The agency’s decision does not mean that it has broadly authorized Johnson & Johnson to distribute doses made by Emergent on an emergency basis. The F.D.A. signed off on previous batches of vaccine made at the Baltimore factory but with a warning that the agency could not guarantee that the company had followed good manufacturing practices.
In a conference call with investors on Thursday, Emergent executives announced a $41.5 million hit from being forced to discard vaccine doses deemed unusable by the F.D.A., and said the company had spent another $12.4 million to address manufacturing problems at the Baltimore site.
The newly disclosed inquiries from federal and state agencies underscore a dramatic reversal of fortune for a company that had spent much of the last two decades effectively cornering the market for biodefense, becoming the government’s go-to contractor for products to protect against infectious disease outbreaks and terrorist attacks with bioweapons.
When the coronavirus pandemic hit, the government turned to Emergent to produce vaccines and treatments. Thanks to a lucrative deal struck in May 2020, Emergent recorded record profits and awarded executives record bonuses.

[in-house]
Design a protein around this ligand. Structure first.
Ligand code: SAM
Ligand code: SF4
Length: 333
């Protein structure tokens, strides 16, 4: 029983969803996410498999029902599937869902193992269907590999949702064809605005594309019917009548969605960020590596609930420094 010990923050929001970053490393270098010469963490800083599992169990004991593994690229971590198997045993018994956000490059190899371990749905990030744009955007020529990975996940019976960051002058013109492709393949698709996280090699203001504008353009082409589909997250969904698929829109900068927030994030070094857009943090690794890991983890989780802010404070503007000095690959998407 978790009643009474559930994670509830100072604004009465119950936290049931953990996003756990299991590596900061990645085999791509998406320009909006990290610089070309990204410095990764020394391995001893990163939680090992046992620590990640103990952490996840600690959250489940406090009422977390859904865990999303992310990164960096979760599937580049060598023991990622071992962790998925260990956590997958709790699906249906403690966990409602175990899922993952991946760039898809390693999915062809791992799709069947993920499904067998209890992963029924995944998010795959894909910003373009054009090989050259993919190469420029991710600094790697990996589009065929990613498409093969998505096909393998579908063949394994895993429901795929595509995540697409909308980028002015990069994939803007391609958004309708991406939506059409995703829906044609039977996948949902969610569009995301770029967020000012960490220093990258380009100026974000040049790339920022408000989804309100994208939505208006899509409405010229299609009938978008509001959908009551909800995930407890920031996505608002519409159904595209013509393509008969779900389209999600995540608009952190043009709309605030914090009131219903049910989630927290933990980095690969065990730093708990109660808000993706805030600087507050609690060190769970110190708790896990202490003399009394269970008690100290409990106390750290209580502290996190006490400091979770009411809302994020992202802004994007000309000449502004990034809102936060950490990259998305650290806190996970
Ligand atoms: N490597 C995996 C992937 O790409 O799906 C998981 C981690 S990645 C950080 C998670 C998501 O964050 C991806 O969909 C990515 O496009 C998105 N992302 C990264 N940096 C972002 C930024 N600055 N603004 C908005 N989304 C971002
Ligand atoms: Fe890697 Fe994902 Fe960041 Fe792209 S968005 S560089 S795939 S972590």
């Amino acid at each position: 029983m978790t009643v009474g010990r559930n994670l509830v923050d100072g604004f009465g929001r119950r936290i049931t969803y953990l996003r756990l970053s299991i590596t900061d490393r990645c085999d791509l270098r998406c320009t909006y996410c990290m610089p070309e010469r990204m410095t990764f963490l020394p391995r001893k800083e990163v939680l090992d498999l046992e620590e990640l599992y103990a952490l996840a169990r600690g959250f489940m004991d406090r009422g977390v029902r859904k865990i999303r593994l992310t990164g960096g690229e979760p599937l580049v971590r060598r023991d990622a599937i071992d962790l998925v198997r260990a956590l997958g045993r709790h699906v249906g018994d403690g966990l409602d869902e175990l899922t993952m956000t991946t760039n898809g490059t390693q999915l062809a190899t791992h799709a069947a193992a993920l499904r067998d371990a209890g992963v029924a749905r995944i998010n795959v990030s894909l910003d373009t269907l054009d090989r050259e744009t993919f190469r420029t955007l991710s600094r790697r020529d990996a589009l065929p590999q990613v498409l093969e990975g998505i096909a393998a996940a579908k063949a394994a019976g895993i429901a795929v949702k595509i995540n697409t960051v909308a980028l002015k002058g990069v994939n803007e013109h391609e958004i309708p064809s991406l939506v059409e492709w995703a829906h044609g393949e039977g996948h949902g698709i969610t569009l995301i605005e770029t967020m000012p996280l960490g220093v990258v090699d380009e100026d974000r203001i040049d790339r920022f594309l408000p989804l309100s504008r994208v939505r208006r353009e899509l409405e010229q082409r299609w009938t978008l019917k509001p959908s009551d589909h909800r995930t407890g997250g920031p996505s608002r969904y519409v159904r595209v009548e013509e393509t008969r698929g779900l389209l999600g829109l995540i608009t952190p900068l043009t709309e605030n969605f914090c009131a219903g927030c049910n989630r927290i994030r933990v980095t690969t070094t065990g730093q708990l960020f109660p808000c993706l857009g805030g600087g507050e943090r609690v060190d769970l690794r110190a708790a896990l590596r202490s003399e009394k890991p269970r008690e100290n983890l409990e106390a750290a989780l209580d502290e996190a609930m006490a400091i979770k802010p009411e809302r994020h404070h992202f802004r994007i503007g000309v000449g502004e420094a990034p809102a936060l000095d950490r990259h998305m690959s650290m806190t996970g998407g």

House Democrats scrambled on Friday to scrape up the votes needed to extend the federal eviction moratorium through the end of the year — a long shot bid to keep the freeze from expiring on Saturday — as leaders vented frustration with President Biden for punting the issue to them.
“We would like the C.D.C. to expand the moratorium, that’s where it can be done,” Speaker Nancy Pelosi told reporters at the Capitol, referring to the Centers for Disease Control and Prevention, the federal agency that imposed the moratorium last fall.
“The fact is, almost $50 billion was allocated — $46 billion. Less than 10 percent of that has been spent, around $3 billion,” she said. “Why should the renters be punished for the fact that the system did not put money in their pockets to pay the rent to the landlords?
Earlier in the day, Ms. Pelosi and her allies, led by Representative Maxine Waters, Democrat of California, found themselves at least a dozen votes short of passing a bill to extend the freeze — which has been responsible for dramatically slowing the pace of evictions during the pandemic — according to two aides involved in whipping the votes.